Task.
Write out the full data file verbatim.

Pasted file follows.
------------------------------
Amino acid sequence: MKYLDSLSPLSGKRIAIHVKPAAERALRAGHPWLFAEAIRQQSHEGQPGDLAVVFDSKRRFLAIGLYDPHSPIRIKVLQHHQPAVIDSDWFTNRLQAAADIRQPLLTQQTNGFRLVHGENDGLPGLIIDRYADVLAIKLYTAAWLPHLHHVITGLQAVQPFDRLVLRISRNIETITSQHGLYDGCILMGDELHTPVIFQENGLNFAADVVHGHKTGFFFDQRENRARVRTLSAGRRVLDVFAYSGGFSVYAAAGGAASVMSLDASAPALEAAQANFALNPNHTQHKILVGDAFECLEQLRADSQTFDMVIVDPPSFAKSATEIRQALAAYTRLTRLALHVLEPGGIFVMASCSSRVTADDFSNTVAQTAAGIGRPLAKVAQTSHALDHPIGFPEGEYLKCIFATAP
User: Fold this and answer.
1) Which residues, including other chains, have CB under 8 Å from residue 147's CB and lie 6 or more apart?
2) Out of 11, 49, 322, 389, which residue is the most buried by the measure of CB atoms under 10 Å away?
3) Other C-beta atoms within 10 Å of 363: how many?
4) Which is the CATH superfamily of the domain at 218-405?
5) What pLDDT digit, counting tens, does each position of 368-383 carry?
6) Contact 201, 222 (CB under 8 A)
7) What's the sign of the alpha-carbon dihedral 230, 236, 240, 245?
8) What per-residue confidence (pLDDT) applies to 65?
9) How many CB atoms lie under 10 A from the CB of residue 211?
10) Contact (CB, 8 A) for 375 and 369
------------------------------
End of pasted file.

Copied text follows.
Amino acid sequence: MKYLDSLSPLSGKRIAIHVKPAAERALRAGHPWLFAEAIRQQSHEGQPGDLAVVFDSKRRFLAIGLYDPHSPIRIKVLQHHQPAVIDSDWFTNRLQAAADIRQPLLTQQTNGFRLVHGENDGLPGLIIDRYADVLAIKLYTAAWLPHLHHVITGLQAVQPFDRLVLRISRNIETITSQHGLYDGCILMGDELHTPVIFQENGLNFAADVVHGHKTGFFFDQRENRARVRTLSAGRRVLDVFAYSGGFSVYAAAGGAASVMSLDASAPALEAAQANFALNPNHTQHKILVGDAFECLEQLRADSQTFDMVIVDPPSFAKSATEIRQALAAYTRLTRLALHVLEPGGIFVMASCSSRVTADDFSNTVAQTAAGIGRPLAKVAQTSHALDHPIGFPEGEYLKCIFATAP
User: Fold this and answer.
1) Which residues, including other chains, have CB under 8 Å from residue 147's CB and lie 6 or more apart?
2) Out of 11, 49, 322, 389, which residue is the most buried by the measure of CB atoms under 10 Å away?
3) Other C-beta atoms within 10 Å of 363: how many?
4) Which is the CATH superfamily of the domain at 218-405?
5) What pLDDT digit, counting tens, does each position of 368-383 carry?
6) Contact 201, 222 (CB under 8 A)
7) What's the sign of the alpha-carbon dihedral 230, 236, 240, 245?
8) What per-residue confidence (pLDDT) applies to 65?
9) How many CB atoms lie under 10 A from the CB of residue 211?
10) Contact (CB, 8 A) for 375 and 369